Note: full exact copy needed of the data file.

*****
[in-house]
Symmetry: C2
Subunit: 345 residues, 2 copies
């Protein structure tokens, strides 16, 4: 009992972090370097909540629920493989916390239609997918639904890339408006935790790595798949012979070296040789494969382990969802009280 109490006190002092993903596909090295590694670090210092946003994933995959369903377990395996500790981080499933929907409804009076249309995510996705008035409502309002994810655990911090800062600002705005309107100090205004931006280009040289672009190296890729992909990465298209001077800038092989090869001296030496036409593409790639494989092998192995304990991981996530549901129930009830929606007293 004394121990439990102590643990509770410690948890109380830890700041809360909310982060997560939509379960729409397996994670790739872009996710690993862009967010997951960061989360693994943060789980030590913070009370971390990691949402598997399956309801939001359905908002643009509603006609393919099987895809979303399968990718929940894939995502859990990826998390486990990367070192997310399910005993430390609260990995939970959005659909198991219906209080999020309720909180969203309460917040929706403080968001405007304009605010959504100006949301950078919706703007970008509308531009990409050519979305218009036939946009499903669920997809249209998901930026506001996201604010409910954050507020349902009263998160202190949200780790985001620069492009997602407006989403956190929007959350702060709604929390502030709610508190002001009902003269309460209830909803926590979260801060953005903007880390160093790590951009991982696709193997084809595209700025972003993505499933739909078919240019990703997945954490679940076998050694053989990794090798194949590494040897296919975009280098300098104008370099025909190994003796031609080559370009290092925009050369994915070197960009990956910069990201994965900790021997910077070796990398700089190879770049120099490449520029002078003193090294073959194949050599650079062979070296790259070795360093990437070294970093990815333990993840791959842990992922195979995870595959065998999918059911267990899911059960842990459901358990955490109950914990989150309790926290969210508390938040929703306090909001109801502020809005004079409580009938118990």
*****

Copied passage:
[in-house]
Symmetry: C2
Subunit: 345 residues, 2 copies
């Protein structure tokens, strides 16, 4: 009992972090370097909540629920493989916390239609997918639904890339408006935790790595798949012979070296040789494969382990969802009280 109490006190002092993903596909090295590694670090210092946003994933995959369903377990395996500790981080499933929907409804009076249309995510996705008035409502309002994810655990911090800062600002705005309107100090205004931006280009040289672009190296890729992909990465298209001077800038092989090869001296030496036409593409790639494989092998192995304990991981996530549901129930009830929606007293 004394121990439990102590643990509770410690948890109380830890700041809360909310982060997560939509379960729409397996994670790739872009996710690993862009967010997951960061989360693994943060789980030590913070009370971390990691949402598997399956309801939001359905908002643009509603006609393919099987895809979303399968990718929940894939995502859990990826998390486990990367070192997310399910005993430390609260990995939970959005659909198991219906209080999020309720909180969203309460917040929706403080968001405007304009605010959504100006949301950078919706703007970008509308531009990409050519979305218009036939946009499903669920997809249209998901930026506001996201604010409910954050507020349902009263998160202190949200780790985001620069492009997602407006989403956190929007959350702060709604929390502030709610508190002001009902003269309460209830909803926590979260801060953005903007880390160093790590951009991982696709193997084809595209700025972003993505499933739909078919240019990703997945954490679940076998050694053989990794090798194949590494040897296919975009280098300098104008370099025909190994003796031609080559370009290092925009050369994915070197960009990956910069990201994965900790021997910077070796990398700089190879770049120099490449520029002078003193090294073959194949050599650079062979070296790259070795360093990437070294970093990815333990993840791959842990992922195979995870595959065998999918059911267990899911059960842990459901358990955490109950914990989150309790926290969210508390938040929703306090909001109801502020809005004079409580009938118990």